On July 6, 1944, just a month since the Allied landing at Normandy, a crowd of people streamed into the big tent of the Ringling Brothers and Barnum & Bailey Circus. Set up on a city owned lot on Barbour St. in Hartford, Conn., the circus offered a brief diversion from the losses and sacrifices of a people at war.
The crowd of mostly women and children entering the big top were unaware that very shortly they would be in a fight for survival.
The first waves of troops storming the heavily defended beaches on D-Day knew they were facing almost certain death, but there was no widespread panic or breakdown of behavior.
Military training reinforces adaptive behavior so that even in the face of death troops will not panic, except possibly under extremely dire circumstances. Training and leadership maintain the forward momentum toward an objective, serving as the foundation and catalyst, respectively, for desired behavior.
Failure to act
The circus crowd in Hartford lacked the training and experience to escape a deadly fire. They were not prepared to maintain the calm thinking needed to escape and no one present exerted the critical leadership that might have changed the outcome.
But, the Hartford circus fire victims are blameless in these failures. Blame instead falls on the managers of the circus and on government officials responsible for public safety.
The circus managers failed to act responsibly to prevent and suppress a fire, and they failed to exert leadership in the face of an ensuing disaster. City officials hold blame for failing to share information between departments (such as building, police and fire) that might have heightened the awareness level of the circus event and for not staging equipment and personnel in proximity of an event of this size where hazards were present.
The result was that a preventable fire grew to a deadly inferno and led to panic in a crowd of innocent people causing scores of deaths and injuries.
There is a tendency to attribute panic behavior to any extreme decisions or actions made under the stress of survival. The term frequently appears in accounts of multi-fatality fires to explain behavior we do not understand.
Panic arises from uncertainty in the face of extreme threat where circumstances force individuals into making a mental calculation that extreme action is required for survival. The classic definition offered is a sudden and excessive feeling of alarm or fear, usually affecting a body of persons, arising from a perceived or imagined threat, vaguely apprehended, and leading to extraordinary and indiscriminate efforts to secure personal safety.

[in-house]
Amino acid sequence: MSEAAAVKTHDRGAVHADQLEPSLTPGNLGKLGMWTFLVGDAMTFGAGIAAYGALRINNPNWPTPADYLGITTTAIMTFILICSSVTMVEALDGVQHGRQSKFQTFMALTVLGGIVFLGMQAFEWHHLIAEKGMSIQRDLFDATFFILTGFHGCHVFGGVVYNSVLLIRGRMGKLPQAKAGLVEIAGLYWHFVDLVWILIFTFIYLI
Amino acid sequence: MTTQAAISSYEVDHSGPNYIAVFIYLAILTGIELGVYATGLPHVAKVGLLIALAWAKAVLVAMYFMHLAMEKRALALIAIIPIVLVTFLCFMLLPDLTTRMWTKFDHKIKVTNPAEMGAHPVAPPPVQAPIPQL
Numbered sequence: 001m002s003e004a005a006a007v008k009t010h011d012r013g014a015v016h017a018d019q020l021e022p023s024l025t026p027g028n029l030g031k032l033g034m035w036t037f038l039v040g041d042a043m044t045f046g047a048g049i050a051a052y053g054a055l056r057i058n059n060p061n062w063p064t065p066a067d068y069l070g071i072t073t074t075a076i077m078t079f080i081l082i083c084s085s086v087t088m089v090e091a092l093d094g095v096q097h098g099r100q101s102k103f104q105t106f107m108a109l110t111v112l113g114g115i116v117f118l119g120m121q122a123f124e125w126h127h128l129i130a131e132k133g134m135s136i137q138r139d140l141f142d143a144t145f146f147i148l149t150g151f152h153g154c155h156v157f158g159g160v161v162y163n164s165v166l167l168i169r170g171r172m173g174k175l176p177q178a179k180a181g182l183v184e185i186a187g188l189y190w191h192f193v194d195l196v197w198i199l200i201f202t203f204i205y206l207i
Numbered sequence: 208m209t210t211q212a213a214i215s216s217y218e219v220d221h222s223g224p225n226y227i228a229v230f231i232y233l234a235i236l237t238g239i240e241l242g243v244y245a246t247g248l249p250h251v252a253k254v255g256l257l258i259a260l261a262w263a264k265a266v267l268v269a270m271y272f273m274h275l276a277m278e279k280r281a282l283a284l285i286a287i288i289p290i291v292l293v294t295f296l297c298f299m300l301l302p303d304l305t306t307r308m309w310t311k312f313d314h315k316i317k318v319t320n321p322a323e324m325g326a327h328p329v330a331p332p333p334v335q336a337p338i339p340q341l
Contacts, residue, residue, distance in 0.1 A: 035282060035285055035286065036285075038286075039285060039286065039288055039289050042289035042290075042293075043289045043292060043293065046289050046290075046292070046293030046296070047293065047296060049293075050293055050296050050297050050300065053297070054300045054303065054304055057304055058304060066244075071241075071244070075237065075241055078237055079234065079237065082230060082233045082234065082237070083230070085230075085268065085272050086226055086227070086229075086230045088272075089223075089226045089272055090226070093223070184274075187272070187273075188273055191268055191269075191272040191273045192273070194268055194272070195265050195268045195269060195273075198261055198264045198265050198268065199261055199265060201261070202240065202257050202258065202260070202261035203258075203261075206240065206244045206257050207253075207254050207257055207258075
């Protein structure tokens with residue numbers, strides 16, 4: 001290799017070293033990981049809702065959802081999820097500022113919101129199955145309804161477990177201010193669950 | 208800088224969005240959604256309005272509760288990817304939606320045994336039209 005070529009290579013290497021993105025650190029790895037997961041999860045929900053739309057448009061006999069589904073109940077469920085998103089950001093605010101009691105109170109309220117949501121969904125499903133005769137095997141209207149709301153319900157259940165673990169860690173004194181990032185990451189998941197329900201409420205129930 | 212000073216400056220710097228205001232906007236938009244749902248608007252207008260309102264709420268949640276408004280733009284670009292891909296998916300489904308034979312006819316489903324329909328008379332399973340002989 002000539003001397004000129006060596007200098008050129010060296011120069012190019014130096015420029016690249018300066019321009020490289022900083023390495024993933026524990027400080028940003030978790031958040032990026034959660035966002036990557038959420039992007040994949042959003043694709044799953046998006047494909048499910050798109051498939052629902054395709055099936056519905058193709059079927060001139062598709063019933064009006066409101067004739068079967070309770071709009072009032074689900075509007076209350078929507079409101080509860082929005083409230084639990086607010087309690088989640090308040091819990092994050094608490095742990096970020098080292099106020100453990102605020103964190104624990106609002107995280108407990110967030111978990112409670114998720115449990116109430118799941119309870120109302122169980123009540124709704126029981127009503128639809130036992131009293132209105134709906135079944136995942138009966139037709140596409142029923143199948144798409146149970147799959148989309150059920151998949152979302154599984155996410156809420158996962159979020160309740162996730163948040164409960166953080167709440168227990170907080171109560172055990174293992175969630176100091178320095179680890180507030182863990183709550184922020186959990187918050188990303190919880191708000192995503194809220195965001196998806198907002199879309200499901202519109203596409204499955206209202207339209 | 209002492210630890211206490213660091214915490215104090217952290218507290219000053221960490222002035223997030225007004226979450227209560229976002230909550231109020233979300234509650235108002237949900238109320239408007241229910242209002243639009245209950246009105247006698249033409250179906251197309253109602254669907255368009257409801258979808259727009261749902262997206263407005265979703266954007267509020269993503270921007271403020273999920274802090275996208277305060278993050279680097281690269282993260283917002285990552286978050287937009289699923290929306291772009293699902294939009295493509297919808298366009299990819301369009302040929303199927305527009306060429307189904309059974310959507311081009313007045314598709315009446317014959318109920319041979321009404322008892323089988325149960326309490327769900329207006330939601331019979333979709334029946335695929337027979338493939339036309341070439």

That definition leads us to view panic behavior as a flight or fright reaction, by a group induced by fear, producing non-rational, non-adaptive, and non-social behavior that serves to hinder or thwart escape.
The circus big top
The large group entering the circus big top in Hartford numbered over 7,000. But 169 of them, mostly women and children would die from burns, smoke inhalation and crushing injuries sustained in the effort to escape the fire. The injured numbered at least 200 and in all likelihood, the actual total was twice as high as many just ran from the scene without seeking medical treatment.
Survivors would long recount the emotional and physical scars from the fire suffered on that hot and humid summer day. The big top circus tent had nine openings and was 425 feet long and 180 feet wide, and took up about 1-3/4 acres.
Most of the 6,000 or so freestanding seats were folding chairs. The bleachers were general admission seating, situated in two sections on the east and west ends; these benches were 16 to 18 rows deep with the top row about 10 1/2 feet off the ground.
The fire starts
The first indication of imminent danger came from the circus band around 2:40 p.m. The playing of "Stars and Stripes Forever" signaled to the circus people that something important demanded their attention.